This essay is part of the Volumetric Sovereignty forum.

he South China Sea is politically contested from its surface to its bed. China, Taiwan, Malaysia, Vietnam, the Philippines, and Brunei all make claims on the volume of this sea — known variously (the list is not exhaustive) as “the South Sea (南海),” “the East Sea (Biển Đông),” “the Luzon Sea/the Philippine Sea,” and “the Natuna Sea.” Sweeping through the depths of this sea (and particularly through the Luzon Strait, between Taiwan and the Philippines) move oceanic phenomena known as “internal waves” (Alford et al. 2015), enormous waves that travel underwater, that manifest at the interface between layers of water stratified by density — stratification that is driven by temperature and/or salinity differentials. Picture an underwater wave 150 meters tall, its upper boundary traveling just below an undulating stratum of lighter water, whose sea-meets-air surface — home to fishing vessels, research ships, and oilrigs — betrays only a hint of the massive movement beneath. Traces of internal waves, mostly indiscernible to the untrained human eye from the surface, become readable via synthetic aperture radar images from satellites and via virtual reconstructions from underwater sounding data, indicating that such volumes come into representation largely through the tools of nation-state, military, and computer science projects and funding.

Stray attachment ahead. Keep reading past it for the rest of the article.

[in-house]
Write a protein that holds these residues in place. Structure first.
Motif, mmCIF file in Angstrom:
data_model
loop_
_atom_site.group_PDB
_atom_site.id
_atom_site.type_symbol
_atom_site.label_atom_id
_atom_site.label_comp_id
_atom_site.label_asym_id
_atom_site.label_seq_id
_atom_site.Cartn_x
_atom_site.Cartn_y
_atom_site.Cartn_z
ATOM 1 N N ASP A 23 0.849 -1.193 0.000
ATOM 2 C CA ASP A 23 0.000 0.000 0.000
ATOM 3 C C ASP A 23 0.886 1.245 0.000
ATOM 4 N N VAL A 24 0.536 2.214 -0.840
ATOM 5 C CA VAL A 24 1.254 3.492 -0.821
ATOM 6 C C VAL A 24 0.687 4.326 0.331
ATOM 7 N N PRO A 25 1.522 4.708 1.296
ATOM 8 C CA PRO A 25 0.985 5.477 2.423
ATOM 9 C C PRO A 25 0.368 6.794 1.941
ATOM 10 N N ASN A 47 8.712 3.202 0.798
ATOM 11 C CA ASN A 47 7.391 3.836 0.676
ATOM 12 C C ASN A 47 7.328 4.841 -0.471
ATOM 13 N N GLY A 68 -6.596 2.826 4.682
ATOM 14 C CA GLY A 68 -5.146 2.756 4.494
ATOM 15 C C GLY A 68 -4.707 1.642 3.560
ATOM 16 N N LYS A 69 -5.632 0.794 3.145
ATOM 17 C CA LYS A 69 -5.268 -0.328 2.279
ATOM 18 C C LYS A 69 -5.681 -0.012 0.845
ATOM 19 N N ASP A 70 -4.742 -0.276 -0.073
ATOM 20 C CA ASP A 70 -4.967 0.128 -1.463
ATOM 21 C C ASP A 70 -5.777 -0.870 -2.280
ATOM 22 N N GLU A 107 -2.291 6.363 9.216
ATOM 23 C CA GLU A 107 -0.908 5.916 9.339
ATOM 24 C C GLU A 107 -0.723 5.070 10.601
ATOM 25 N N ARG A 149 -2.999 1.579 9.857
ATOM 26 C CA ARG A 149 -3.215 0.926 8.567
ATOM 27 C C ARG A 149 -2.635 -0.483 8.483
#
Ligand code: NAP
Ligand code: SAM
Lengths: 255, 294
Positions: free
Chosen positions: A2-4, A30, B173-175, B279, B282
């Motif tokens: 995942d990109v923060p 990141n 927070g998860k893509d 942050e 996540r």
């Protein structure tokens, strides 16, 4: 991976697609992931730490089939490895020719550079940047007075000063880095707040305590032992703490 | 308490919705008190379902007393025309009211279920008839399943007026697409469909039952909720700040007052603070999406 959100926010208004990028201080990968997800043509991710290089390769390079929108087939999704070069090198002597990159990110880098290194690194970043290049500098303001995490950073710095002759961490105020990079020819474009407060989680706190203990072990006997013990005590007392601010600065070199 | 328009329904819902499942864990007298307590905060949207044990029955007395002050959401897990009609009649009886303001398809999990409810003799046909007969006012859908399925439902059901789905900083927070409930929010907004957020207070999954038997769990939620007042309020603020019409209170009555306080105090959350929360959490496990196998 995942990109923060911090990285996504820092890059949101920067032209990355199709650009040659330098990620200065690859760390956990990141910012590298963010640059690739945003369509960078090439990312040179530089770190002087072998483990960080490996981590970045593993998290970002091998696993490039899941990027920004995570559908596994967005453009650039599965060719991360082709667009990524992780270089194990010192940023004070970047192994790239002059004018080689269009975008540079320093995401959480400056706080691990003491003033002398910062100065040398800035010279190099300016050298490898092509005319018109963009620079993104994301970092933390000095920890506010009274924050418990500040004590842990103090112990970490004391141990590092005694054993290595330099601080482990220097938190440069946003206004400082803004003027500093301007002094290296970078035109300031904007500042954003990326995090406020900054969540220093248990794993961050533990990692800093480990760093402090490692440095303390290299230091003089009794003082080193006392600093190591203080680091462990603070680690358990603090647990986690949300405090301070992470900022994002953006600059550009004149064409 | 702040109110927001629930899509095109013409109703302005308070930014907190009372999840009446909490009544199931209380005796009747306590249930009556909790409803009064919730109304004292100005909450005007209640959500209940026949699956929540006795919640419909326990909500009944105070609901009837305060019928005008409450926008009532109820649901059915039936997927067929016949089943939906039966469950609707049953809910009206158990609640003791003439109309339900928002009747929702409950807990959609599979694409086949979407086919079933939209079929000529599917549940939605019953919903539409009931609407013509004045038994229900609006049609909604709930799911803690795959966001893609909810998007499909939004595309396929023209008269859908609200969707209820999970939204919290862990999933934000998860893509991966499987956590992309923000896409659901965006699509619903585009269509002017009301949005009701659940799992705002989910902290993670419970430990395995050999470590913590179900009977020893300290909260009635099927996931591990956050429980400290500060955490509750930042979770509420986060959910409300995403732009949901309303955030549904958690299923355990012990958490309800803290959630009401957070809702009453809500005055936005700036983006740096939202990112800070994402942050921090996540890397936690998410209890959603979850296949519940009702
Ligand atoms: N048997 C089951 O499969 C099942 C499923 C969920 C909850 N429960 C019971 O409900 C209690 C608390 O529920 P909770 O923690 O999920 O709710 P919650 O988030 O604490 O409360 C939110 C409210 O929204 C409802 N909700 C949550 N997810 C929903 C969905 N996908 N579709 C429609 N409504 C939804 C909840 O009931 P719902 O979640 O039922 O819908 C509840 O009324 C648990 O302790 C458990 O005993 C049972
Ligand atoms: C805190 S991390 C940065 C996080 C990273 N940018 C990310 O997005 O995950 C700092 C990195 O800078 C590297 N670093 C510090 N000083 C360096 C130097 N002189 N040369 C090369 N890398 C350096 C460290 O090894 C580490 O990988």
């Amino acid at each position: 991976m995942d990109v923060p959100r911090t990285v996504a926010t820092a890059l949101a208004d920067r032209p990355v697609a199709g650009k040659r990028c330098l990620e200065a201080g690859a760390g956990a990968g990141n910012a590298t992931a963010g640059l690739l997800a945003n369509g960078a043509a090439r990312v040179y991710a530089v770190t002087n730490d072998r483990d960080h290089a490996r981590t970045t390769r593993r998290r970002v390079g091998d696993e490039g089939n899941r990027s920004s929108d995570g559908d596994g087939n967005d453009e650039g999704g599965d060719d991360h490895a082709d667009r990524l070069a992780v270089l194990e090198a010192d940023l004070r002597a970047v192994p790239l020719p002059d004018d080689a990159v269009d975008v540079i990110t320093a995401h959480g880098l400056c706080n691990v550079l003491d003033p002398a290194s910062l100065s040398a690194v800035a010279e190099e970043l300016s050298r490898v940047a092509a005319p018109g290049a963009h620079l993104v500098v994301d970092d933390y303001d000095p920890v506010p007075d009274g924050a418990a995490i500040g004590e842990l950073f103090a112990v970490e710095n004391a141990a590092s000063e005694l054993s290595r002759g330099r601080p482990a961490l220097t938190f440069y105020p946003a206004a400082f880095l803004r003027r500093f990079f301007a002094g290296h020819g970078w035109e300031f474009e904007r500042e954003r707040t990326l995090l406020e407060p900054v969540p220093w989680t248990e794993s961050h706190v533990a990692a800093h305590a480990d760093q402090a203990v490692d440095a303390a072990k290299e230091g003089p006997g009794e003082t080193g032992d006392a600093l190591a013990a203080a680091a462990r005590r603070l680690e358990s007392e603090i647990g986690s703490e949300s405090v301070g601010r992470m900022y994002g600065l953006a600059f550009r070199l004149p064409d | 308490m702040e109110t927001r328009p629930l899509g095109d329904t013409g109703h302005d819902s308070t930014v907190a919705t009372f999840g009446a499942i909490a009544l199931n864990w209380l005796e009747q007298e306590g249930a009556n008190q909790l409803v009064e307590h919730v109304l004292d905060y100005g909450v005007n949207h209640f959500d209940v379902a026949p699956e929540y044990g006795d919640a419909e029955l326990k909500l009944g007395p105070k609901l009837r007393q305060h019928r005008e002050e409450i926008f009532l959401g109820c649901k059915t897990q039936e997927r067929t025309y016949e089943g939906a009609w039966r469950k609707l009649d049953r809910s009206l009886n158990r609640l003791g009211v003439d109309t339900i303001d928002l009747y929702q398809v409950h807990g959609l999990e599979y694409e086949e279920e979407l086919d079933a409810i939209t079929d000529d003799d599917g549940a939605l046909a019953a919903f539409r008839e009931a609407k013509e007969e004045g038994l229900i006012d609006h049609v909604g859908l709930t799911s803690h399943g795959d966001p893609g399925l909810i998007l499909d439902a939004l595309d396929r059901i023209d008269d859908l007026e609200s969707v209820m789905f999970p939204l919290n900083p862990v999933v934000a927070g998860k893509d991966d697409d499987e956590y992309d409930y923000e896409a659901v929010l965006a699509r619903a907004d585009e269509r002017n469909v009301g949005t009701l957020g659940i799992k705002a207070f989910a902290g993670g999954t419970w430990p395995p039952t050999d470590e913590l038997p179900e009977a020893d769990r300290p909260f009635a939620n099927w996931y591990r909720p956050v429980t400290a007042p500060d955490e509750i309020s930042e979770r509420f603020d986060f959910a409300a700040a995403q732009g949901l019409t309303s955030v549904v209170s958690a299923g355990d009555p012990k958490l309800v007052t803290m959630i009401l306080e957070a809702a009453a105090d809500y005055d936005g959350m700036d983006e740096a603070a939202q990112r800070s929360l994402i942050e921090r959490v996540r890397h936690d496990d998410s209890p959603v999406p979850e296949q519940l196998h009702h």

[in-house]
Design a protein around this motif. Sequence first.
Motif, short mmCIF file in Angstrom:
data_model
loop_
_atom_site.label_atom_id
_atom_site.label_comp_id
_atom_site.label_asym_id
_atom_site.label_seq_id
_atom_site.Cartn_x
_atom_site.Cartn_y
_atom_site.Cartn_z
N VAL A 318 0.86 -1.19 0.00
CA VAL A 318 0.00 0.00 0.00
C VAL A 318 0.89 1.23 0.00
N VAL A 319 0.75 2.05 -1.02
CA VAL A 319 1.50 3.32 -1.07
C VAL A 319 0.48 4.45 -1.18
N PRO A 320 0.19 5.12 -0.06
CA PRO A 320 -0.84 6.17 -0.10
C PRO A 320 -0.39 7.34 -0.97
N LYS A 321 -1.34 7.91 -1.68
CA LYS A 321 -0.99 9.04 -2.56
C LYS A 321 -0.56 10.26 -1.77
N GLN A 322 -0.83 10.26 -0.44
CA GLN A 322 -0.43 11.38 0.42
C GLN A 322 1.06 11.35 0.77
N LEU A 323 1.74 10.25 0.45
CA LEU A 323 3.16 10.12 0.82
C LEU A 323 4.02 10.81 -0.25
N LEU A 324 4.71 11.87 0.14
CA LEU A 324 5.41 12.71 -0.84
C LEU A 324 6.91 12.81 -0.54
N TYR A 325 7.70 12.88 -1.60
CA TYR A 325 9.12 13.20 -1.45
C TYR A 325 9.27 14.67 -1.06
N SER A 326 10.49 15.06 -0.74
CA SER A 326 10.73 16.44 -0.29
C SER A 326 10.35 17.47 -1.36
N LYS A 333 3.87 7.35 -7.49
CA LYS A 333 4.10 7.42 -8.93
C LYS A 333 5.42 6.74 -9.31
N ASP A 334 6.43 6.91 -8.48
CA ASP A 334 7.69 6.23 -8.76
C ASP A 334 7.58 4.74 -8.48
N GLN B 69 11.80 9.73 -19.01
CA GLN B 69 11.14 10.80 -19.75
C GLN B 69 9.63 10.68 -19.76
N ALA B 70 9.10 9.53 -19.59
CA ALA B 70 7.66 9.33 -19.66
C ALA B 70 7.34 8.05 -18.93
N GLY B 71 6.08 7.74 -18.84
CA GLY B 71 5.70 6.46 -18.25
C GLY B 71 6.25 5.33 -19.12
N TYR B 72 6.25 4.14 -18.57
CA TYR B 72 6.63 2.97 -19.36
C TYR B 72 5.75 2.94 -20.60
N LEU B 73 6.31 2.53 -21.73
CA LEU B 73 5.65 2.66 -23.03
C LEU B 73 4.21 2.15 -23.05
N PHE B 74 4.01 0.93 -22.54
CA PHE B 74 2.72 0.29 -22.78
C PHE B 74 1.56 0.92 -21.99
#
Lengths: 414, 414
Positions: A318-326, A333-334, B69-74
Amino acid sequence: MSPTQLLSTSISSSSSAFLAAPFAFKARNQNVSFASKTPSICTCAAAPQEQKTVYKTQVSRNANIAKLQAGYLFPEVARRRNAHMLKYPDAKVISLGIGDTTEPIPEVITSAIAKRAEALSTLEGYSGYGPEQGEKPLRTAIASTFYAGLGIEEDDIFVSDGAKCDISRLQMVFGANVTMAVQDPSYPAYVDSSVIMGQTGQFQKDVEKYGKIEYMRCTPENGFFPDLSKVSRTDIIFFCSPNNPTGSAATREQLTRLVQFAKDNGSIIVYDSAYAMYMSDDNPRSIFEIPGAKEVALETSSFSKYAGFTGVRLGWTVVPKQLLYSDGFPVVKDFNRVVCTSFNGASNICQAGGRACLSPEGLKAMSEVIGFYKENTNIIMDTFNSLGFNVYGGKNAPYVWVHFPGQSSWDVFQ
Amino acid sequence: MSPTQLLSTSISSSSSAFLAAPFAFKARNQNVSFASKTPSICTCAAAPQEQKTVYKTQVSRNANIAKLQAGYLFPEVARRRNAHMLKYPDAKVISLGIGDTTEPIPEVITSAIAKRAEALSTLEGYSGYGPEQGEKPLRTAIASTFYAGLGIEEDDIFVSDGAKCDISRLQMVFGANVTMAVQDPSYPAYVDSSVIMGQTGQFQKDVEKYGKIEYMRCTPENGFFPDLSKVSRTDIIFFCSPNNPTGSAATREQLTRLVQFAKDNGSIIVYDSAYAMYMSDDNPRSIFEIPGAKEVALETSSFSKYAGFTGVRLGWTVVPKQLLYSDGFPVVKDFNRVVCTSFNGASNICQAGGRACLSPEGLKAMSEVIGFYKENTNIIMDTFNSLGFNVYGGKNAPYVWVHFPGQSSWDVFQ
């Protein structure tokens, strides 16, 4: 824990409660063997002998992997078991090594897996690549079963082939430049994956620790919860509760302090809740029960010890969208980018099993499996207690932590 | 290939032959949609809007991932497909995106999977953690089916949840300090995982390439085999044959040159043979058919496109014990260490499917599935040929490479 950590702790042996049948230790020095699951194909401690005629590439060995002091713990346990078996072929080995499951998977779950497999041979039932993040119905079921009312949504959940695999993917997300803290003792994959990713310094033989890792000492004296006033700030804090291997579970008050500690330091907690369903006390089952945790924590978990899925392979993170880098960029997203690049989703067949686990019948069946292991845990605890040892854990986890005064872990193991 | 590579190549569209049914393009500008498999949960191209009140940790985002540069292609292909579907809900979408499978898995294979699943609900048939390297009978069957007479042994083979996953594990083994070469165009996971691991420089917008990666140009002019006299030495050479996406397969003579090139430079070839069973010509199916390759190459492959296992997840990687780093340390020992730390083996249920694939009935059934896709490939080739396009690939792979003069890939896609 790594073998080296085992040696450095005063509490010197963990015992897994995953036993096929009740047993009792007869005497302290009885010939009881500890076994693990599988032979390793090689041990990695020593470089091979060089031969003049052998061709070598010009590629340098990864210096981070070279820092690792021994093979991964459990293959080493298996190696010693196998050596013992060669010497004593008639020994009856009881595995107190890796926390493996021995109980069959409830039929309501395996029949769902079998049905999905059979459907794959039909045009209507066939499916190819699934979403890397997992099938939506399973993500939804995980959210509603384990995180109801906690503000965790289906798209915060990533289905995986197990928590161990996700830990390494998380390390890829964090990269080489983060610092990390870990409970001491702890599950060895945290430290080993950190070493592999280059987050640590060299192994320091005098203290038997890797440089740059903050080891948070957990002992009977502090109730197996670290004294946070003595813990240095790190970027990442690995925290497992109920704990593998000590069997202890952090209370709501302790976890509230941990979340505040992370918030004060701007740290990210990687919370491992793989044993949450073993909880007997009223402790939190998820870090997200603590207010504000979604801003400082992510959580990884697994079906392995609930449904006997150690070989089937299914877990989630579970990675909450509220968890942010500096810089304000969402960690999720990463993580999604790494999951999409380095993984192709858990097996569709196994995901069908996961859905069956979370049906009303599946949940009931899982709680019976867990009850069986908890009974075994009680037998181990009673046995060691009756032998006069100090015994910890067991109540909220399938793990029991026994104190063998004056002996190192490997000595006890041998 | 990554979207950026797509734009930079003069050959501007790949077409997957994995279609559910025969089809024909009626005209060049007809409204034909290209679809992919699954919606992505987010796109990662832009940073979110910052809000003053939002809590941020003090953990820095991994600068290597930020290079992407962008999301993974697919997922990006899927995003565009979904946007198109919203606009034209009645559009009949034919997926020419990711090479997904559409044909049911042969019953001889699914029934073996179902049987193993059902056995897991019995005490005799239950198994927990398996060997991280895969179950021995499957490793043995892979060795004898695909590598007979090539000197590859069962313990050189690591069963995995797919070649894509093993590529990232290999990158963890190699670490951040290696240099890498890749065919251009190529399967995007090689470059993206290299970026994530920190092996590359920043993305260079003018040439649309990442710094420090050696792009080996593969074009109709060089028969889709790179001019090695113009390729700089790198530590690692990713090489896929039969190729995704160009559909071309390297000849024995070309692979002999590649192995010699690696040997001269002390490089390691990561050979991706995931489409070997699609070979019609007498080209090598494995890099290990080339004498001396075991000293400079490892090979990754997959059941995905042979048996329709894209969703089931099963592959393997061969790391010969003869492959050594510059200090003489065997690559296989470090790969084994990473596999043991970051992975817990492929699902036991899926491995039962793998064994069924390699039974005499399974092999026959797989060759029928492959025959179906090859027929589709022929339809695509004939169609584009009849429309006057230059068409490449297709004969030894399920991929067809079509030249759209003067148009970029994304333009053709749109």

What sorts of sovereignties do internal waves move through? Who generates and makes use of scientific accountings and imaginings of these mobile volumes? For what purposes? One answer might be the People’s Republic of China, already constructing artificial islands in a bid to gain surface territory in the Sea, territory that would include both islands and their adjacent waters (a bid that an international tribunal in the Hague, finding in favor of Philippine contestation, has declared void of historical or legal foundation). Through the National Institute for South China Sea Studies in Hainan province, the People’s Republic is planning an underwater observation network aimed at surveying undersea mountains. Spokespeople for the institute suggest that “[y]ou could say to some extent [the research] helps protect our sovereignty claim, but actually the goal of these projects’ designs is not mainly one to show the country’s claim” (Jennings 2017) — though other powers in the region presume that Chinese knowledge of the seabed and of the internal waves that roll over it will be used to shore up the People’s Republic’s access to and claims on deep-sea resources, particularly natural gas hydrate. Fishing industries based in Taiwan and the Philippines, meanwhile, which have fought over fishing rights in the Luzon Strait, may find knowledge of internal waves informative for tracking the location of fish populations, since these waves shape the travel of oceangoing nutrients, guiding patterns of organisms’ feeding and breeding (Moore and Lien 2007 report, for example, that pilot whales forage while following internal waves). Oil and gas companies — of many nationalities — also stand to profit from knowledge about internal waves in the Sea: “Internal waves act on offshore structures, resulting in large amplitude motions which brings serious harm to the deep-sea oil and gas engineering” (Fang and Duan 2014: 549; see also Dickinson et al. 2012: 231). Internal waves also have effects on the submarine sound world, perhaps, in the context of acidifying seas, in such a way as to amplify underwater noise (Rouseff and Tang 2010; see also Reeder et al 2016), which can impact the navigation of submarines and the travel of sea life.